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Review: The Salt Path and its sequel The Wild Silence, by Raynor Winn

In these challenging times I found the life-affirming book, The Salt Path, to be the sort of inspirational book I needed. Raynor Winn and her husband, Moth, set out on what seems a mad and desperate attempt to escape their current situation by walking the 630 mile South West Coast Path. In many ways just an ordinary couple, they are left homeless after they made a bad investment and are driven to, ‘just walk’ with very little on their backs or in their pockets. Winn writes honestly about the daily challenges they face, but her positivity helps them to keep going and the reader gets really involved in the people they meet and the small kindnesses they encounter. She describes the natural world beautifully.

On finishing the book you cannot help wondering what happens next. As if losing their livelihood was not bad enough, Moth had very recently been diagnosed with the rare degenerative disease CBD (corticobasal degeneration), so that their journey of faith becomes even more extraordinary.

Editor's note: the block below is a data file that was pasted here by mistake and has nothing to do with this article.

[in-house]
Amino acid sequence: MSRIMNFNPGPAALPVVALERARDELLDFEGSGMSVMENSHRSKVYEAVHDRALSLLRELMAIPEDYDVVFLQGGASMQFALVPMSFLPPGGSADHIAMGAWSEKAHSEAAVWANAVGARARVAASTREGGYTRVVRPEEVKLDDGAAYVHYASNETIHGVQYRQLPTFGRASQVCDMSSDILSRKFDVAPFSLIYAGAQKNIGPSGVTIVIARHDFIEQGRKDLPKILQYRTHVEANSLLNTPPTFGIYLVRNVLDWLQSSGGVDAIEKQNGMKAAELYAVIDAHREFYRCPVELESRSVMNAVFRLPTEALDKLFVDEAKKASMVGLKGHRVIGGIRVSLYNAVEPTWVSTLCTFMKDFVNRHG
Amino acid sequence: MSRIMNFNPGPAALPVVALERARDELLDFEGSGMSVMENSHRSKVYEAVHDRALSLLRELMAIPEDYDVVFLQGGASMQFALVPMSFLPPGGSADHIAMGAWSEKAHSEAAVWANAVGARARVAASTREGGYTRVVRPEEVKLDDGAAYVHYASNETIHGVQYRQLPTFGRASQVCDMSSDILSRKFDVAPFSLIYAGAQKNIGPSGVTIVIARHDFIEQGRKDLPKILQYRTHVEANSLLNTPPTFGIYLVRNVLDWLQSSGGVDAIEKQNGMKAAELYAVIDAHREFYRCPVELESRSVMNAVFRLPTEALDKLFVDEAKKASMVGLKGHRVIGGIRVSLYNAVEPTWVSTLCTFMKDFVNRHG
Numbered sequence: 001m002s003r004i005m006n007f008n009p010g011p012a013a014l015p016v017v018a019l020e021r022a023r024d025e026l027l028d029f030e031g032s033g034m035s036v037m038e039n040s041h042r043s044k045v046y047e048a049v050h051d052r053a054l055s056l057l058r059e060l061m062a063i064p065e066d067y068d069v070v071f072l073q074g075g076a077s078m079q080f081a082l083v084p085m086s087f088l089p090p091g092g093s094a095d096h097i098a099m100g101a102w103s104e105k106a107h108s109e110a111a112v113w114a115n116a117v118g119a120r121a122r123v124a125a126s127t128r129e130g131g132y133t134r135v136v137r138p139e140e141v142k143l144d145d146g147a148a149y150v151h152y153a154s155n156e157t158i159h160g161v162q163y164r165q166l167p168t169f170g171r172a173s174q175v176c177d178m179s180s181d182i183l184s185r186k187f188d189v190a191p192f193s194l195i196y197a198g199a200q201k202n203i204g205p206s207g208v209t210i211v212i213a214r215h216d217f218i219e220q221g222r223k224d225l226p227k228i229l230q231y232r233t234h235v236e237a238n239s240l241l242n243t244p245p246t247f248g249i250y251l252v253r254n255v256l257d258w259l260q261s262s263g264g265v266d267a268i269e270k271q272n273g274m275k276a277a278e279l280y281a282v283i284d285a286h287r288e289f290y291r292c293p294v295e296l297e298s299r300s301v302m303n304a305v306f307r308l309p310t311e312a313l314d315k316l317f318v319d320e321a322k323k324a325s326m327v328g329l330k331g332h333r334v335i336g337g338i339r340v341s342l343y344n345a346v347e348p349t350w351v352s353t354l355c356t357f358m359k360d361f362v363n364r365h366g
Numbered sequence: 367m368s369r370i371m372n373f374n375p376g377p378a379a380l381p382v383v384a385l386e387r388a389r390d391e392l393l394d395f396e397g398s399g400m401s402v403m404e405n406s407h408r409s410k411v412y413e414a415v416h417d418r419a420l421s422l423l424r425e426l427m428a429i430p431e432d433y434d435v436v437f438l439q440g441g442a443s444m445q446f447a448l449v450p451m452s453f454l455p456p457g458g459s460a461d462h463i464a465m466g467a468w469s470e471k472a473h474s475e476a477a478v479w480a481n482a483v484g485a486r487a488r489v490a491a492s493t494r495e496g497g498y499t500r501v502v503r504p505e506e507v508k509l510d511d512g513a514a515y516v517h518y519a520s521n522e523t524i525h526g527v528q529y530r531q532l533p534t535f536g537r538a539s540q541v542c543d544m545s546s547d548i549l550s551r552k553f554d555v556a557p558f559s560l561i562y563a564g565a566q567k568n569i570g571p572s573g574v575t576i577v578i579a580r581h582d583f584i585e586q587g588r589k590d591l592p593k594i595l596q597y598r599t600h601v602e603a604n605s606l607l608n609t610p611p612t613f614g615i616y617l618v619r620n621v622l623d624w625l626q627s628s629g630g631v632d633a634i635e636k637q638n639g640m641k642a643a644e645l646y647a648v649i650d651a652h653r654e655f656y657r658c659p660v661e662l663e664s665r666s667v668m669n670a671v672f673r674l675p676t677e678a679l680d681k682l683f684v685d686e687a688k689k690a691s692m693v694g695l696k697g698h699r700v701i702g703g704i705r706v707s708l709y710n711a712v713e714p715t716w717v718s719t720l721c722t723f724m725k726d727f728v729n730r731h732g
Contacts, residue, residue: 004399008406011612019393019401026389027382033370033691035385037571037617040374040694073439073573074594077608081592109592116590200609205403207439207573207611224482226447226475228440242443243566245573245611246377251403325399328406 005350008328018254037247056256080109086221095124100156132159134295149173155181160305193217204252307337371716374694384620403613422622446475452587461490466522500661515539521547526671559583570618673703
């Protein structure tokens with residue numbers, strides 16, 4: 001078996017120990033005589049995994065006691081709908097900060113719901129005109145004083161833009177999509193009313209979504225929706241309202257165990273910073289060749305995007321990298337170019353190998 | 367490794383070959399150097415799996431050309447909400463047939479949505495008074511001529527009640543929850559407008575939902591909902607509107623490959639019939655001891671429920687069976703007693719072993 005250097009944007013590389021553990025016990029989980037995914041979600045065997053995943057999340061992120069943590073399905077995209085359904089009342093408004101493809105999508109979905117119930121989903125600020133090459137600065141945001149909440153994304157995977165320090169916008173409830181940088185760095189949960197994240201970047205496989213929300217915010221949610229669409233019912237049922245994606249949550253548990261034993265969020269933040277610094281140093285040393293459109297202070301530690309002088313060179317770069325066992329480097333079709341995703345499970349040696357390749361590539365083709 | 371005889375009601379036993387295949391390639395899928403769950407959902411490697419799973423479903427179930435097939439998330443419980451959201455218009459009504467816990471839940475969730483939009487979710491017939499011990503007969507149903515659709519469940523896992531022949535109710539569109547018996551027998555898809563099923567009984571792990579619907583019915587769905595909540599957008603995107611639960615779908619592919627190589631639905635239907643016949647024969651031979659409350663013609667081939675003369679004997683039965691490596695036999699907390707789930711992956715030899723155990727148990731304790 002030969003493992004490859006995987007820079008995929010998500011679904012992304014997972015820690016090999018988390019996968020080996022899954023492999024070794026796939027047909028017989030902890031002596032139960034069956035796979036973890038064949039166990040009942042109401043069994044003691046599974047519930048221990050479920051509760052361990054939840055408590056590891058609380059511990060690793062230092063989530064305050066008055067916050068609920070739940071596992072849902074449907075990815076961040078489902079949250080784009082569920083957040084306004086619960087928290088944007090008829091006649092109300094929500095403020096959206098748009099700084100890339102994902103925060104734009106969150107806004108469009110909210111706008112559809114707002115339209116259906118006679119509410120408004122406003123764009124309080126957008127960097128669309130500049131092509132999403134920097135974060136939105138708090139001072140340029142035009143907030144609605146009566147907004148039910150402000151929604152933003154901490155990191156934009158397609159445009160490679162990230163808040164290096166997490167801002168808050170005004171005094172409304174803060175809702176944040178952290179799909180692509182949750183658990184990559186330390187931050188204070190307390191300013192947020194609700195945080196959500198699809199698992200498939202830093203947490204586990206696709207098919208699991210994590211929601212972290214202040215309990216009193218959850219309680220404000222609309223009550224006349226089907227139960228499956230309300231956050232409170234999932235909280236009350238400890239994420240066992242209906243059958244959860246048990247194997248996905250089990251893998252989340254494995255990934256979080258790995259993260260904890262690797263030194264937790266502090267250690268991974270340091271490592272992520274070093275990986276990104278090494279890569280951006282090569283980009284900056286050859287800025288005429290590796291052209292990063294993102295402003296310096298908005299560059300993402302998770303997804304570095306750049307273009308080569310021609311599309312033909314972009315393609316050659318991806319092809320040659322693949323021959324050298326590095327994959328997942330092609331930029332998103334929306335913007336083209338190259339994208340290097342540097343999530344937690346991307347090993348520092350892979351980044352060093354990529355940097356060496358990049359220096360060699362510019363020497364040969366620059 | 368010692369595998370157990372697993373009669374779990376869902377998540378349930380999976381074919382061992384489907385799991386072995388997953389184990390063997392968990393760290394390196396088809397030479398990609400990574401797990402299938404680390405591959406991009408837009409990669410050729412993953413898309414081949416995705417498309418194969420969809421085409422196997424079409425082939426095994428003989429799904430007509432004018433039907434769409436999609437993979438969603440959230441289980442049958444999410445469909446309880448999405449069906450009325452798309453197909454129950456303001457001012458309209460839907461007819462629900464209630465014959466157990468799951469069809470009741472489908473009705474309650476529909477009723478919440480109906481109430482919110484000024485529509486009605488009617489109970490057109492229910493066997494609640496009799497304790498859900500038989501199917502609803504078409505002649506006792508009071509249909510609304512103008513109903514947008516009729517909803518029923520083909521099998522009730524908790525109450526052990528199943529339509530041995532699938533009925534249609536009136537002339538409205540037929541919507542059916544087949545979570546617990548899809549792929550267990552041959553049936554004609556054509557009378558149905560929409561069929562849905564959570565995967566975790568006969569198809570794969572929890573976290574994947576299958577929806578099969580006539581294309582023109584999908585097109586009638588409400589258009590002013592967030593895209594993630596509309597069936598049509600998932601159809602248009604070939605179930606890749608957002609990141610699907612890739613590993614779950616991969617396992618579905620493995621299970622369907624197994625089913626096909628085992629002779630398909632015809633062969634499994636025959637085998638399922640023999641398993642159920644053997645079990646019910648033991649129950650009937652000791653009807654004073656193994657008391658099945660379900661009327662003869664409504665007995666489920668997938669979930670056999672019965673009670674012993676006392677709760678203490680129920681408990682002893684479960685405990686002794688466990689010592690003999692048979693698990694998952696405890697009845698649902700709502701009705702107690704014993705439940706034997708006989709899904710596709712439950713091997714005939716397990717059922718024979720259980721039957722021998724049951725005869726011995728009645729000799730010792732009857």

In her sequel, The Wild Silence, Winn recounts her childhood, wild camping days in lovely places in Britain, the illness and death of her mother and her struggle to support the husband she loves who, weak but determined after the walk, enrols on a BSc degree. It’s a huge decision for her to embark on writing The Salt Path and she frequently seeks solace in the land and draws strength from it.

Winn focuses on learning to live in the present, deal with stress and loss and adjust to new situations. They are now tenants of a farm that demands both hard work and innovation to survive and she is a best-selling writer – hard for someone who is naturally shy. I greatly enjoyed both books, especially when recent months have reminded me of the need for hope, the restorative power of walking in one of the loveliest coastal areas of Scotland and of the importance of caring for the natural environment.